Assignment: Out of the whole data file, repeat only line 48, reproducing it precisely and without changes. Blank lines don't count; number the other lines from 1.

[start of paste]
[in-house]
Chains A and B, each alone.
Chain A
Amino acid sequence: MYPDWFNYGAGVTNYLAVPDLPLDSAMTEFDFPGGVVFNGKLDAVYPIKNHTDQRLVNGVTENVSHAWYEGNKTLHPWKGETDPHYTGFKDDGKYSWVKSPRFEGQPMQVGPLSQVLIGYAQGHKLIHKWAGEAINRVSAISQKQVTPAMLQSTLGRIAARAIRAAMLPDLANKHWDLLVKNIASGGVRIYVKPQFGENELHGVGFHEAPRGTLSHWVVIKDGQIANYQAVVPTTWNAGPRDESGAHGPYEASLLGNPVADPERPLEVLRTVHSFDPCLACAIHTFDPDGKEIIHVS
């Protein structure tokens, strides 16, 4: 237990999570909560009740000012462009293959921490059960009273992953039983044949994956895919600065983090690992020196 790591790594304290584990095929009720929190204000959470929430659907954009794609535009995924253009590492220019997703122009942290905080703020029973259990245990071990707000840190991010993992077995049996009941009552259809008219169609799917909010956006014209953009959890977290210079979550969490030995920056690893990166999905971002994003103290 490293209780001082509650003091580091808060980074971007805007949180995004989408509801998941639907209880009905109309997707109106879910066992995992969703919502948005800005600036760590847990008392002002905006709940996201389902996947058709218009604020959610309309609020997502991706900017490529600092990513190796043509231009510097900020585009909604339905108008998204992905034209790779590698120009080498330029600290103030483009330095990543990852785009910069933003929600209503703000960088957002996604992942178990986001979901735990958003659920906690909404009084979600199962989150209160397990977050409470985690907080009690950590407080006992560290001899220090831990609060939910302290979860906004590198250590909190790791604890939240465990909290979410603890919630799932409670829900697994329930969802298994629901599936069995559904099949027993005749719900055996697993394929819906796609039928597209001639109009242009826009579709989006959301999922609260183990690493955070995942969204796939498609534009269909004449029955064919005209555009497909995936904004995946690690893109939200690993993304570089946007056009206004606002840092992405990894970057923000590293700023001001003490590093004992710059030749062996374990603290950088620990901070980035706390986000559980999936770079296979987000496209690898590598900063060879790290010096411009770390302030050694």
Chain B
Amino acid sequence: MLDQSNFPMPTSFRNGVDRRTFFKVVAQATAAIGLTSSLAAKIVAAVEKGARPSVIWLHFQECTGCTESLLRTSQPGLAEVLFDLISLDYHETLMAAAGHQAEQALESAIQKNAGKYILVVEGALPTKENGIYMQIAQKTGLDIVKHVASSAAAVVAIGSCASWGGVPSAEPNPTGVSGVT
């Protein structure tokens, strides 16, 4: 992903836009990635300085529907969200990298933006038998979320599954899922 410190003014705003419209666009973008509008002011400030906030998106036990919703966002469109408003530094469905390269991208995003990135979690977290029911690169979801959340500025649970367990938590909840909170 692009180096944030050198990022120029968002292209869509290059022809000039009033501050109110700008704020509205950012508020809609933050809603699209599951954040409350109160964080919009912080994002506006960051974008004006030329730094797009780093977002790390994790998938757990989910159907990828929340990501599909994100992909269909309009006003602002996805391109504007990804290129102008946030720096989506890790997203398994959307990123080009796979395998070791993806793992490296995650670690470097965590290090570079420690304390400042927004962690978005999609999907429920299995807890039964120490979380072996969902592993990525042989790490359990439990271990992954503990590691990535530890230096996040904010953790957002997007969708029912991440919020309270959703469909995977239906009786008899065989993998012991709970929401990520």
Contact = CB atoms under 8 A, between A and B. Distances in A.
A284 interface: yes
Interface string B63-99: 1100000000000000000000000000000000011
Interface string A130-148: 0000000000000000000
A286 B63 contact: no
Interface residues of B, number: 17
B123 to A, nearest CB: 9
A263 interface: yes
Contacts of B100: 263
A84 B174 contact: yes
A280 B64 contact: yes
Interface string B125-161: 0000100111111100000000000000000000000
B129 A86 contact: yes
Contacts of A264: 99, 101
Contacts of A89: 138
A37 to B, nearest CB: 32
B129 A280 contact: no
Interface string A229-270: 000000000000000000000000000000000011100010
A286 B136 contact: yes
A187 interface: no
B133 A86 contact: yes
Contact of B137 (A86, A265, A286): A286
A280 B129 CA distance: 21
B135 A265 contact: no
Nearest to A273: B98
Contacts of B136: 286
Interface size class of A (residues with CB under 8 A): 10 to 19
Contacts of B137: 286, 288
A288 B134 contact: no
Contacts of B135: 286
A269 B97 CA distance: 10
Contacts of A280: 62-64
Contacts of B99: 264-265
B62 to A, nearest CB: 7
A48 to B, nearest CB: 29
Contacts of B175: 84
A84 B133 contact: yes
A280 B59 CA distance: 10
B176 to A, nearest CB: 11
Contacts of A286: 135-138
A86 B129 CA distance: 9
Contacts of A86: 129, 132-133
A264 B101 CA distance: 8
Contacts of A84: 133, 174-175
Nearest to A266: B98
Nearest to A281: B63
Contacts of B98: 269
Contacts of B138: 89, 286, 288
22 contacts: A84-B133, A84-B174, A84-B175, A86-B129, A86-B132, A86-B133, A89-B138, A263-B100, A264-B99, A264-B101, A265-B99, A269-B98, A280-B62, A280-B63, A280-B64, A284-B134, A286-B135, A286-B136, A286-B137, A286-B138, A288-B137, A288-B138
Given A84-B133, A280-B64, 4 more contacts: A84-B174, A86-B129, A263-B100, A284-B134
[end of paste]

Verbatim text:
Contacts of A286: 135-138